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28th May 2022

Remains of former Romanian dictator exhumed for DNA check

More than 20 years after they were executed by firing squad, Romania's former Communist dictator Nicolae Ceausescu and his wife Elena were exhumed on Wednesday at the request of their family to check if they were really buried there.

"I don't know what will happen if it is discovered that the Ceausescus are not in these graves. Probably we will sue the Romanian state." Mircea Opran, the husband of the Ceausescus' late daughter Zoia, told television station Realitatea TV.

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  • The 'most beloved son' of the Communist Party is still loathed by most Romanians (Photo: TheYoungDylanWaitsInTheCave)

Forensic experts estimate it could take weeks or months for the DNA test results to be completed, depending on the quality of samples taken from the graves.

Ceausescu ruled Romania from 1965 until he and Elena were captured and shot by firing squad on Christmas Day in 1989 after fleeing mass protests in Bucharest, in what was the only bloody overturn of a Communist regime in the eastern bloc.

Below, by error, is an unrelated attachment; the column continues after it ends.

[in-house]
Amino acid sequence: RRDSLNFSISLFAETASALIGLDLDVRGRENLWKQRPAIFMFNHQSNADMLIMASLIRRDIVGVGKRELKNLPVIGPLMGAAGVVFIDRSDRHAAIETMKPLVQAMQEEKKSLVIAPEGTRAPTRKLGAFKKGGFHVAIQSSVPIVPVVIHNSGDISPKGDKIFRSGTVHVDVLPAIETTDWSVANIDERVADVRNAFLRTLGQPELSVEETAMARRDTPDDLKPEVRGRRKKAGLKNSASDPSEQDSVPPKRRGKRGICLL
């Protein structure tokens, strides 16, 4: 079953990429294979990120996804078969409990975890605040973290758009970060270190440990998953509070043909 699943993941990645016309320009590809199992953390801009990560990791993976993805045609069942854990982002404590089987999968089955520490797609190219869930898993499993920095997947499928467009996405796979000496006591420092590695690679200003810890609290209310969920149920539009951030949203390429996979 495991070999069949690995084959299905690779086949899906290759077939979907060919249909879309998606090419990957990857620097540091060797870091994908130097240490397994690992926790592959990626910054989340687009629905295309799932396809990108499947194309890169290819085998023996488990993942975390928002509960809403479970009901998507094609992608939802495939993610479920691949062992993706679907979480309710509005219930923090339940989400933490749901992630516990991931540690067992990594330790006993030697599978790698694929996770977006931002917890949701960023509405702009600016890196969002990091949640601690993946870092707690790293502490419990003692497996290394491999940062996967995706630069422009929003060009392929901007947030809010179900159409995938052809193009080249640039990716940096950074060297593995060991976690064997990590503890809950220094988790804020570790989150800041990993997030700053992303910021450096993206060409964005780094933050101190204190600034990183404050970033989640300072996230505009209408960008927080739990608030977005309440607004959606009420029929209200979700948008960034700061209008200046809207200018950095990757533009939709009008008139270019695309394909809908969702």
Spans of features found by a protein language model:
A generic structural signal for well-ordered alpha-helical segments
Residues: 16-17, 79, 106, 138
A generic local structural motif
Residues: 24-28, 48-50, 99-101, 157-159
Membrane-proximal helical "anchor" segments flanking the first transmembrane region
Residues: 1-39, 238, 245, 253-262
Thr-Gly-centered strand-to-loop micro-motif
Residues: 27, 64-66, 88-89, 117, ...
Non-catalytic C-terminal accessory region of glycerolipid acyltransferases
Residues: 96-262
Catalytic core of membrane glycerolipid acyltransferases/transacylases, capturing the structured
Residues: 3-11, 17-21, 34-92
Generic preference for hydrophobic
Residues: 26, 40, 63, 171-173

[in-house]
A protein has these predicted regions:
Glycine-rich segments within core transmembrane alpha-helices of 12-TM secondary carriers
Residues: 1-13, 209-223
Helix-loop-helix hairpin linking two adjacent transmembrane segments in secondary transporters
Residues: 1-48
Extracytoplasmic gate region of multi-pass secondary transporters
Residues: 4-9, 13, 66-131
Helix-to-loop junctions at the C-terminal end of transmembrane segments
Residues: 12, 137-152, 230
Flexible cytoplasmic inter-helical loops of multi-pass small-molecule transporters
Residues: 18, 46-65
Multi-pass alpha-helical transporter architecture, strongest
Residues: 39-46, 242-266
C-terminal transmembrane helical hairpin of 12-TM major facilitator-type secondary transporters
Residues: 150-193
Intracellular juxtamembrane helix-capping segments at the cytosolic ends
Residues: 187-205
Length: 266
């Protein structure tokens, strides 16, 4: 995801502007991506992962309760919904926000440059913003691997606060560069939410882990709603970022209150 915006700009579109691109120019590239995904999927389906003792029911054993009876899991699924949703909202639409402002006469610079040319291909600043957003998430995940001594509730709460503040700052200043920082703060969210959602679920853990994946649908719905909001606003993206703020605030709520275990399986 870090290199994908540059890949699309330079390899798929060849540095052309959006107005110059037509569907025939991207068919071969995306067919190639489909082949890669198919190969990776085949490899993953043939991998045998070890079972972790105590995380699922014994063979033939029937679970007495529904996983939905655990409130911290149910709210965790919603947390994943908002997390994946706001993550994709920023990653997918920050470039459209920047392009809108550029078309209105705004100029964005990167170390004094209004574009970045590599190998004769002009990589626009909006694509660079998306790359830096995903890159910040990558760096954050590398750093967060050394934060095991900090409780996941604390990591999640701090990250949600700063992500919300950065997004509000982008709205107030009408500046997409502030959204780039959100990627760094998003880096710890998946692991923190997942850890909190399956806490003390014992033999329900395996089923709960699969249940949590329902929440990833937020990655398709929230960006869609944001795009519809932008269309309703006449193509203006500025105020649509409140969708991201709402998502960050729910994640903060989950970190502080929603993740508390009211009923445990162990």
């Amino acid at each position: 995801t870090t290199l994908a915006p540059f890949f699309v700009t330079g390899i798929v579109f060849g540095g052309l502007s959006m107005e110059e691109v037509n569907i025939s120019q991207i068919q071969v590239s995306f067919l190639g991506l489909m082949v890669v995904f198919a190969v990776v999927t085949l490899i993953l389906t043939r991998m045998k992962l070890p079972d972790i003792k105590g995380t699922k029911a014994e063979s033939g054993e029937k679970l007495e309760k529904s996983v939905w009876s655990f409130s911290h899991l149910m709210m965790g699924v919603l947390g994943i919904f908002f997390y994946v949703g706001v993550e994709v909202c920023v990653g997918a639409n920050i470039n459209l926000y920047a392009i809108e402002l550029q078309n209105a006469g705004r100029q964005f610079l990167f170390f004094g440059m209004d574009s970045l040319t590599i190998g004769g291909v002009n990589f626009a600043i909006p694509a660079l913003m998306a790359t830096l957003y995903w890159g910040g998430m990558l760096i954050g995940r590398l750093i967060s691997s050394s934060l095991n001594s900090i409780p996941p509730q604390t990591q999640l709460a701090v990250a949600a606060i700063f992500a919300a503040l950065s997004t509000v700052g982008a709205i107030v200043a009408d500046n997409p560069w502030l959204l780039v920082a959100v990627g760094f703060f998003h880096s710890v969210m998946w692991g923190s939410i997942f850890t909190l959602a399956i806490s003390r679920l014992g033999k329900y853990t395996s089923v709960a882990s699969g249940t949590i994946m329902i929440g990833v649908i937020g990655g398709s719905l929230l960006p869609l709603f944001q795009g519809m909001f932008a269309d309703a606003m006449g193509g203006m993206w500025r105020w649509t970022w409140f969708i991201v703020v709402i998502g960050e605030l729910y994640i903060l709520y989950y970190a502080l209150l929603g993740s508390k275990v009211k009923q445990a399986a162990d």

Romanians watched the mini-trial and the execution live on public television, cheering the "death of the dictator" who once was acclaimed as the "most beloved son" of the Communist Party. His lavish lifestyle contrasted grossly with the empty store shelves, rationalised food supplies, scarce water and electricity that Romanians had to face every day, living in fear of the powerful secret police, the Securitate.

Rumours about their bodies not being actually in the Bucharest grave have always floated around, especially among the few, harbouring nostalgia, who gather yearly in the cemetery to lay flowers on his birthday.

Zoia Ceausescu, who died of lung cancer in 2006, first asked for the identities of the bodies to be checked soon after the executions but the process was delayed for years as it proceeded through Romania's bureaucratic legal system.

Mr Opran said after the exhumation that he tended to believe the remains were indeed those of the former communist dictator and his wife, who ruled the country through the Securitate. He said he saw bullet holes in the clothes they found in Ceausescu's grave.

"The mystery is not elucidated. After what I saw, I tend to believe they are them. But until the DNA test is finished, I do not have a 100 percent confirmation, I am not 100 percent convinced."

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